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Old 11-29-2015, 09:38 AM   #1
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Melted breakaway switch? what gives

I just purchased a 1996 Prowler 3 weeks ago and am learning the operations of it since I am a newbie. When I purchased it the breakaway was melted but was so far out in the country that I couldn't go purchase one and put it on there. My question is what caused the switch to melt? (The pin was gone so that could've been the reason) and Will this cause the brakes to need to be replaced? I have not opened up the brakes yet since I have been working on the inside with mods and it has been cold here so I figured I would do that when it warms up a little. What concerns should I be looking for? Thanks in advance for the help.
Mike
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Old 11-29-2015, 09:50 AM   #2
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Current caused the switch to melt. And if your pin was gone (missing), your brakes should have been on unless ther was some other electrical problem such as a short to ground prior to the brake assembly,

Indeed check your brakes, Need to check for resistance to ground on the load side and determine why a fuse did not pop. Every circuit should be fused based on the wire size and other component ratings.

But the current may not have increased beyond circuit limits if you merely had a bad connection in the switch or anywhere else. A bad connection would cause a voltage drop across it to increase, thus causing heat at the bad connection or it could have been continious activation of the brake circuit caused by not having the pin in place.

The PIN is the likely source of the problem that likely destroyed your trailer brakes and with continious current flow it overheated the switch,

Good luck.
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Old 11-29-2015, 06:16 PM   #3
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Did you tow it home? If so, what happened with the brakes?
Or, are you saying you bought it, but haven't towed it home?

When the e-brake pin is pulled, the entire amperage available from the battery(s) is applied to the brakes. It is meant to apply the brakes when/if the trailer breaks loose from the tow vehicle. Most of the e-brakes units won't stand the heat from continuous use of the system--it is meant for momentary testing, or total application of the brakes if the trailer is loose--in which case, melting of the unit is the least of your worries.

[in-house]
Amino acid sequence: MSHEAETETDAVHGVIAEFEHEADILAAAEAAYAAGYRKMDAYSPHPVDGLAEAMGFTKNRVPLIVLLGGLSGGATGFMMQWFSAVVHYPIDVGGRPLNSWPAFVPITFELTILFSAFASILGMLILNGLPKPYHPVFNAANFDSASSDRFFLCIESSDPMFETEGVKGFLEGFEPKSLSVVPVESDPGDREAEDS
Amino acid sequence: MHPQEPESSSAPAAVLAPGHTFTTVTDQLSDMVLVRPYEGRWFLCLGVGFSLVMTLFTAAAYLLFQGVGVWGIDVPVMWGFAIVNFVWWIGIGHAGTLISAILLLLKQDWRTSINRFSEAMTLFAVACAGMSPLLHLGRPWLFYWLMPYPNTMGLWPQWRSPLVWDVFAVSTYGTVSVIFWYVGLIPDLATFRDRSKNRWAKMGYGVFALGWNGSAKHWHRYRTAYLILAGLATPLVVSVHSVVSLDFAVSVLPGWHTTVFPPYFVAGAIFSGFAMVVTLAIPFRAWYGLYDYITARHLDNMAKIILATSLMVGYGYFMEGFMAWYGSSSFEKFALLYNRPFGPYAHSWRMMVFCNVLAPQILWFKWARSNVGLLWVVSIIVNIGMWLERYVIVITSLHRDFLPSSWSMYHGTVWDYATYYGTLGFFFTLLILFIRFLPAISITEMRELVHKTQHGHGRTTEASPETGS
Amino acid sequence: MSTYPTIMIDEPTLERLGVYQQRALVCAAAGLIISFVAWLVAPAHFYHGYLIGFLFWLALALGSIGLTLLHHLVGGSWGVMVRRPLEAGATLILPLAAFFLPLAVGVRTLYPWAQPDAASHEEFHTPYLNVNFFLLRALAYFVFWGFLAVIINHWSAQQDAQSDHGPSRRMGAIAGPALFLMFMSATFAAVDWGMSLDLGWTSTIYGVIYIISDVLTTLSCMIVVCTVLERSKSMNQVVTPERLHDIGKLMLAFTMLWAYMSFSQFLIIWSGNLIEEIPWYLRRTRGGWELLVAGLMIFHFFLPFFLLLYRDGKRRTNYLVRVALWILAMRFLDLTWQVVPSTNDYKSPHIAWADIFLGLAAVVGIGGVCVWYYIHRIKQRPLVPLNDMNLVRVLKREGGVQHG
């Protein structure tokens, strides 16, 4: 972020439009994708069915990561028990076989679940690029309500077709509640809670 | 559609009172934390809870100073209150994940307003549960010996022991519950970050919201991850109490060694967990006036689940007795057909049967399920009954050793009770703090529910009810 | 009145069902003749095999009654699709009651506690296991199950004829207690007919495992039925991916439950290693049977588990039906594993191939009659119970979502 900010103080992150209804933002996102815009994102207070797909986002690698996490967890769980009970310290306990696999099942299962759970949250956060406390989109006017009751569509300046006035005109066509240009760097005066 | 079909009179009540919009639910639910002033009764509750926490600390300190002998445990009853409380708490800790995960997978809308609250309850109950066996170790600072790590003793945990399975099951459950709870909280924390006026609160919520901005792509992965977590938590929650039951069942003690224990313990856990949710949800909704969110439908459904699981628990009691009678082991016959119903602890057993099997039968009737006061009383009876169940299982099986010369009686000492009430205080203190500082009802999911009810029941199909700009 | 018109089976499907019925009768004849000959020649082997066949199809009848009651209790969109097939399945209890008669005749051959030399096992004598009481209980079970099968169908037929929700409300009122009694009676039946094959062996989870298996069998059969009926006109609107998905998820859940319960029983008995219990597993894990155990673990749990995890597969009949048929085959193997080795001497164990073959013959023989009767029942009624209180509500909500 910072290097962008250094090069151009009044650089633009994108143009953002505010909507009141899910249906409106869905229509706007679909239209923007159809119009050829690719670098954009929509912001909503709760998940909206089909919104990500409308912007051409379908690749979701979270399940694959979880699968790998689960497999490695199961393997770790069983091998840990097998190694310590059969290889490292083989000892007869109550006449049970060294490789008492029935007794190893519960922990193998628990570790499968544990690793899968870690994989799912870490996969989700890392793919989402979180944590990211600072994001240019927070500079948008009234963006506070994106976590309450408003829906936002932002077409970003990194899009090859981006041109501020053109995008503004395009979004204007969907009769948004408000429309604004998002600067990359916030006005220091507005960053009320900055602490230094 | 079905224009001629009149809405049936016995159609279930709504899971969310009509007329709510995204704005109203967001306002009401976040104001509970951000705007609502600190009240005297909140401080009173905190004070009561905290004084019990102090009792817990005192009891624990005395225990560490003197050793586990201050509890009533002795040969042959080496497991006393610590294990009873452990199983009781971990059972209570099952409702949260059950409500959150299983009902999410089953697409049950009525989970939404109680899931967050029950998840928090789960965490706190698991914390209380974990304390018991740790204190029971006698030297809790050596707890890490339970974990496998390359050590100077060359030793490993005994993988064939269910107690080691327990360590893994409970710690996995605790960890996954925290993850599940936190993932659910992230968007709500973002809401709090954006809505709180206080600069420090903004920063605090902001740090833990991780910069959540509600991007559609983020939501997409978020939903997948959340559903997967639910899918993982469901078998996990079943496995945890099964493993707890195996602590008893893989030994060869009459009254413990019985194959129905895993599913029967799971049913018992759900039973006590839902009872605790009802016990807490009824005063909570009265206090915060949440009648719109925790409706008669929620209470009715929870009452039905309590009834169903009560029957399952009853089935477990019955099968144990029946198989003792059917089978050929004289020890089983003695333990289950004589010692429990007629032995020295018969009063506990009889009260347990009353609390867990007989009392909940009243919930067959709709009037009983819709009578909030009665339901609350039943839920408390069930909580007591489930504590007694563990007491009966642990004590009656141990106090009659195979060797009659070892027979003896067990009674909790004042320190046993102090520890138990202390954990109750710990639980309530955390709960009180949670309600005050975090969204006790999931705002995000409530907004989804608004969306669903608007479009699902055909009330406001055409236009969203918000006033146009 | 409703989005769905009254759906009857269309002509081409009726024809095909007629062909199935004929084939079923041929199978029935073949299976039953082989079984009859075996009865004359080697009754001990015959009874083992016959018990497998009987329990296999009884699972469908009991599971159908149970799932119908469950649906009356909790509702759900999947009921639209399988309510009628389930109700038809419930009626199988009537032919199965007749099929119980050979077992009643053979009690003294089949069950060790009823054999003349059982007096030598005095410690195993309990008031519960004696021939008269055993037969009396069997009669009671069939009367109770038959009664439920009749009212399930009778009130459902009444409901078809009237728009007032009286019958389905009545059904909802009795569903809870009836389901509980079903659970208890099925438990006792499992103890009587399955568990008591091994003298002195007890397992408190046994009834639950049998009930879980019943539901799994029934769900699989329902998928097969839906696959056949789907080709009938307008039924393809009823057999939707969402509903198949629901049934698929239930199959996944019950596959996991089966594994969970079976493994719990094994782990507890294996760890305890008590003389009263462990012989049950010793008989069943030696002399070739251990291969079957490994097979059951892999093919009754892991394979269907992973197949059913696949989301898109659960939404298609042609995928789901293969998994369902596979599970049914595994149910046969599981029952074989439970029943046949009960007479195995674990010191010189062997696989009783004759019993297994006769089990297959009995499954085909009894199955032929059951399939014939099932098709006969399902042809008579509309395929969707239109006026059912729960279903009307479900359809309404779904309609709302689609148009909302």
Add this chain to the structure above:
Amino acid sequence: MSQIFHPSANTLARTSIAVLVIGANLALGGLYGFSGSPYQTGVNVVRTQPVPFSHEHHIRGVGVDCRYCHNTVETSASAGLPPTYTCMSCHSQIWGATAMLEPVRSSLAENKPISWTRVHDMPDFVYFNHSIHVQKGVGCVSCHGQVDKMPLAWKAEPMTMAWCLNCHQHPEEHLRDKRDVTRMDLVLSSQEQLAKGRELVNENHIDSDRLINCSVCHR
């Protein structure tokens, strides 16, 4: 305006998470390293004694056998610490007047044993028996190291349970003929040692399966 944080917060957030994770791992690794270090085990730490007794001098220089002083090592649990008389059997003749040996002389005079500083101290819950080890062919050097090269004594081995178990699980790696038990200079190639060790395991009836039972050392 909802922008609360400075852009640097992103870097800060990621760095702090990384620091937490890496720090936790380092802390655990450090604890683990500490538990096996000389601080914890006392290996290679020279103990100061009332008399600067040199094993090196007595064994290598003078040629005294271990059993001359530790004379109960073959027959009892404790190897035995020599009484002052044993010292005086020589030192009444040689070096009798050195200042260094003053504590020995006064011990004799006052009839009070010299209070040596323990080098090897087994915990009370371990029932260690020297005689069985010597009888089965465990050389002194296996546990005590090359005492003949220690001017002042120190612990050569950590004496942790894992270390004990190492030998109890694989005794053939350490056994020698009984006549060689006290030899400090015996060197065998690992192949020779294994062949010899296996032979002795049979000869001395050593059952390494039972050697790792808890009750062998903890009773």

Replace the brake unit with another one and splice the wires, then test it--hope the entire wiring hasn't been fried.

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Old 11-30-2015, 11:23 AM   #4
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If you have a short somewhere in one of the brake magnets, or one of the magnets has been wired incorrectly if may cause or contribute to your problem. Don't ask me how I know, it is too embarrassing.

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Old 11-30-2015, 06:47 PM   #5
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Wingnut, I did tow it home and was surprised it would without the breakaway switch. I did follow some wires along the chassis when I got home and noticed under the wheel well that there are some wires that have been spliced in with some electrical tape so don't know what that is about. I have a friend that owns a rv repair shop so I am going to have him look at the brakes and repack the bearings. I will have peace of mind knowing someone that knows about trailer brakes will check it out. I have had boats all my life but never any with trailer brakes so this is a learning experience for me.
Mike
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Old 11-30-2015, 09:30 PM   #6
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Once it fried the switch, the continuity of the wiring was broken, stopping the flow to the brakes. So, if nothing else is wrong, you just did not have a e-brake on the way home. Getting a good tech to look everything over will be worth every penny it costs--intermittent brake problems will drive you batty.
Good luck with it.
Joe
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Old 12-01-2015, 07:40 PM   #7
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Joe,
Thank you for all your help on this. I really appreciate it.
Mike
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Old 12-01-2015, 09:28 PM   #8
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It isn't like I haven't learned some of this accidentally--several times I have hooked the breakaway cable on my fiver on sharp turns and set the brakes, sometimes at the worst possible moment. And the simplicity of my process may be way off--as I said, brake problems can be a real headache and expensive/time-consuming to trace.
I do hope you have a competent tech and a friendly one.
Joe
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Old 12-02-2015, 07:45 PM   #9
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Normal braking voltage to the magnets is 5 to 7 volts. The breakaway switch applies a full 12 volts from your trailer battery directly to the brake magnets. Under this condition, the switch or the magnets will get extremely hot sometimes actually burning up. There is no fuse like indicated above. It is designed to be a one time thing in case of a breakaway.

Replace the switch, check all wiring for overheat damage, and check rack brake magnet for continuity. The actual wiring is simply and posted numerous places online. Start with the description at etrailer https://www.etrailer.com/faq-wiring.aspx


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Old 12-02-2015, 08:01 PM   #10
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shiggs68,
Thank you. Much better explained than what I said.
Joe
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